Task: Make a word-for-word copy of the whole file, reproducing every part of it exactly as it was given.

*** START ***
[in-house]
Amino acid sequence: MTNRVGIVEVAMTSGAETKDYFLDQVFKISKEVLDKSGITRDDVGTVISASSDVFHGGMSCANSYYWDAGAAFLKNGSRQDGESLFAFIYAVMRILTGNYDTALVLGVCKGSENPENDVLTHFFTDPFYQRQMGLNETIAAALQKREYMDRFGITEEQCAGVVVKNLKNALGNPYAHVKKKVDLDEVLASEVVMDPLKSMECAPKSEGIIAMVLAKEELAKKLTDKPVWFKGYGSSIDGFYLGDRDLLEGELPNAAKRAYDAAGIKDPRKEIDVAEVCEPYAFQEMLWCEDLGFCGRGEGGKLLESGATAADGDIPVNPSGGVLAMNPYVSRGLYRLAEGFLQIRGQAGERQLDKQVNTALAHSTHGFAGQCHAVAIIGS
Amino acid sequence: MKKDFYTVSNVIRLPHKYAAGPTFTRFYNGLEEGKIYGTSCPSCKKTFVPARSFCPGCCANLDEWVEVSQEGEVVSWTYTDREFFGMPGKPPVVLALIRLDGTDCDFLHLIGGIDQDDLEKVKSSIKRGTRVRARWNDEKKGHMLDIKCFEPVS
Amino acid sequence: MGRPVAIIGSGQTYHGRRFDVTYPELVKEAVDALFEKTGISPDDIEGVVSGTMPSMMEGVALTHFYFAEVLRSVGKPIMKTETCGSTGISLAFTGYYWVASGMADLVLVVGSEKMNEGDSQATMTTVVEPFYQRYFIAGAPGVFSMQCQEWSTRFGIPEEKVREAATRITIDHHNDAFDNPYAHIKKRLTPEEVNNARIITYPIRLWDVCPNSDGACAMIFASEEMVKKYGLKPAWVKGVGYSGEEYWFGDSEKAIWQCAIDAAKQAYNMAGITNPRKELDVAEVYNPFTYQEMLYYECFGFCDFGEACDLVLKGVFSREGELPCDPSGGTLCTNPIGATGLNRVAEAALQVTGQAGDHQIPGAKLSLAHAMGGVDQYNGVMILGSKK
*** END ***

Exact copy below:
[in-house]
Amino acid sequence: MTNRVGIVEVAMTSGAETKDYFLDQVFKISKEVLDKSGITRDDVGTVISASSDVFHGGMSCANSYYWDAGAAFLKNGSRQDGESLFAFIYAVMRILTGNYDTALVLGVCKGSENPENDVLTHFFTDPFYQRQMGLNETIAAALQKREYMDRFGITEEQCAGVVVKNLKNALGNPYAHVKKKVDLDEVLASEVVMDPLKSMECAPKSEGIIAMVLAKEELAKKLTDKPVWFKGYGSSIDGFYLGDRDLLEGELPNAAKRAYDAAGIKDPRKEIDVAEVCEPYAFQEMLWCEDLGFCGRGEGGKLLESGATAADGDIPVNPSGGVLAMNPYVSRGLYRLAEGFLQIRGQAGERQLDKQVNTALAHSTHGFAGQCHAVAIIGS
Amino acid sequence: MKKDFYTVSNVIRLPHKYAAGPTFTRFYNGLEEGKIYGTSCPSCKKTFVPARSFCPGCCANLDEWVEVSQEGEVVSWTYTDREFFGMPGKPPVVLALIRLDGTDCDFLHLIGGIDQDDLEKVKSSIKRGTRVRARWNDEKKGHMLDIKCFEPVS
Amino acid sequence: MGRPVAIIGSGQTYHGRRFDVTYPELVKEAVDALFEKTGISPDDIEGVVSGTMPSMMEGVALTHFYFAEVLRSVGKPIMKTETCGSTGISLAFTGYYWVASGMADLVLVVGSEKMNEGDSQATMTTVVEPFYQRYFIAGAPGVFSMQCQEWSTRFGIPEEKVREAATRITIDHHNDAFDNPYAHIKKRLTPEEVNNARIITYPIRLWDVCPNSDGACAMIFASEEMVKKYGLKPAWVKGVGYSGEEYWFGDSEKAIWQCAIDAAKQAYNMAGITNPRKELDVAEVYNPFTYQEMLYYECFGFCDFGEACDLVLKGVFSREGELPCDPSGGTLCTNPIGATGLNRVAEAALQVTGQAGDHQIPGAKLSLAHAMGGVDQYNGVMILGSKK